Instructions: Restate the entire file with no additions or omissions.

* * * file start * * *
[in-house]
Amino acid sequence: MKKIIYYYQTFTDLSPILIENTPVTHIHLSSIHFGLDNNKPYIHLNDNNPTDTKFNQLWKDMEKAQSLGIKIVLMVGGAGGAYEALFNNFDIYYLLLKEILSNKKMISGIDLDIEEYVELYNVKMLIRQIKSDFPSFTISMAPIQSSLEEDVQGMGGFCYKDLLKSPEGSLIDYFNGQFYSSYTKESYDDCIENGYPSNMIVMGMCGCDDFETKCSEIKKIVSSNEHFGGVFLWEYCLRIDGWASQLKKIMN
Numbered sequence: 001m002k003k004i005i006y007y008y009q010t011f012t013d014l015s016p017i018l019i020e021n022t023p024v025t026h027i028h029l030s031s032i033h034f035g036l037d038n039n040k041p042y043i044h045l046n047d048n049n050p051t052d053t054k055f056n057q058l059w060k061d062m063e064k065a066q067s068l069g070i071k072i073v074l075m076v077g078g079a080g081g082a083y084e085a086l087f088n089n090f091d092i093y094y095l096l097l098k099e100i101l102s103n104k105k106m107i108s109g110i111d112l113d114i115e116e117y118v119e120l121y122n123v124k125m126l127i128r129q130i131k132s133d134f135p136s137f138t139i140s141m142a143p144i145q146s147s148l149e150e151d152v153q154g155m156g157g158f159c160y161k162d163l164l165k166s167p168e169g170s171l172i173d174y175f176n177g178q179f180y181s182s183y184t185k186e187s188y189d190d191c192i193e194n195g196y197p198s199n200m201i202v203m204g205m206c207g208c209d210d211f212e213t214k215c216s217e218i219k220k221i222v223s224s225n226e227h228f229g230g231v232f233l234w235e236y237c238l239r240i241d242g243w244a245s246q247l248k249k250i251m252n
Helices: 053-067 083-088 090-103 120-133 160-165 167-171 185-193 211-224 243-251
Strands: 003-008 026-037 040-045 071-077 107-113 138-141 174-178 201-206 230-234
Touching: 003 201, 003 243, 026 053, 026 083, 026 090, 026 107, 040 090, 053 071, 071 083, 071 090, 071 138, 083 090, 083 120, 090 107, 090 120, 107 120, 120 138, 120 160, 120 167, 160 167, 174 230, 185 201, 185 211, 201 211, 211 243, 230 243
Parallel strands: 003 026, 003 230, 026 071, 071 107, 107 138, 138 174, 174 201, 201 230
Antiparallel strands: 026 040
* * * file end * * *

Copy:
[in-house]
Amino acid sequence: MKKIIYYYQTFTDLSPILIENTPVTHIHLSSIHFGLDNNKPYIHLNDNNPTDTKFNQLWKDMEKAQSLGIKIVLMVGGAGGAYEALFNNFDIYYLLLKEILSNKKMISGIDLDIEEYVELYNVKMLIRQIKSDFPSFTISMAPIQSSLEEDVQGMGGFCYKDLLKSPEGSLIDYFNGQFYSSYTKESYDDCIENGYPSNMIVMGMCGCDDFETKCSEIKKIVSSNEHFGGVFLWEYCLRIDGWASQLKKIMN
Numbered sequence: 001m002k003k004i005i006y007y008y009q010t011f012t013d014l015s016p017i018l019i020e021n022t023p024v025t026h027i028h029l030s031s032i033h034f035g036l037d038n039n040k041p042y043i044h045l046n047d048n049n050p051t052d053t054k055f056n057q058l059w060k061d062m063e064k065a066q067s068l069g070i071k072i073v074l075m076v077g078g079a080g081g082a083y084e085a086l087f088n089n090f091d092i093y094y095l096l097l098k099e100i101l102s103n104k105k106m107i108s109g110i111d112l113d114i115e116e117y118v119e120l121y122n123v124k125m126l127i128r129q130i131k132s133d134f135p136s137f138t139i140s141m142a143p144i145q146s147s148l149e150e151d152v153q154g155m156g157g158f159c160y161k162d163l164l165k166s167p168e169g170s171l172i173d174y175f176n177g178q179f180y181s182s183y184t185k186e187s188y189d190d191c192i193e194n195g196y197p198s199n200m201i202v203m204g205m206c207g208c209d210d211f212e213t214k215c216s217e218i219k220k221i222v223s224s225n226e227h228f229g230g231v232f233l234w235e236y237c238l239r240i241d242g243w244a245s246q247l248k249k250i251m252n
Helices: 053-067 083-088 090-103 120-133 160-165 167-171 185-193 211-224 243-251
Strands: 003-008 026-037 040-045 071-077 107-113 138-141 174-178 201-206 230-234
Touching: 003 201, 003 243, 026 053, 026 083, 026 090, 026 107, 040 090, 053 071, 071 083, 071 090, 071 138, 083 090, 083 120, 090 107, 090 120, 107 120, 120 138, 120 160, 120 167, 160 167, 174 230, 185 201, 185 211, 201 211, 211 243, 230 243
Parallel strands: 003 026, 003 230, 026 071, 071 107, 107 138, 138 174, 174 201, 201 230
Antiparallel strands: 026 040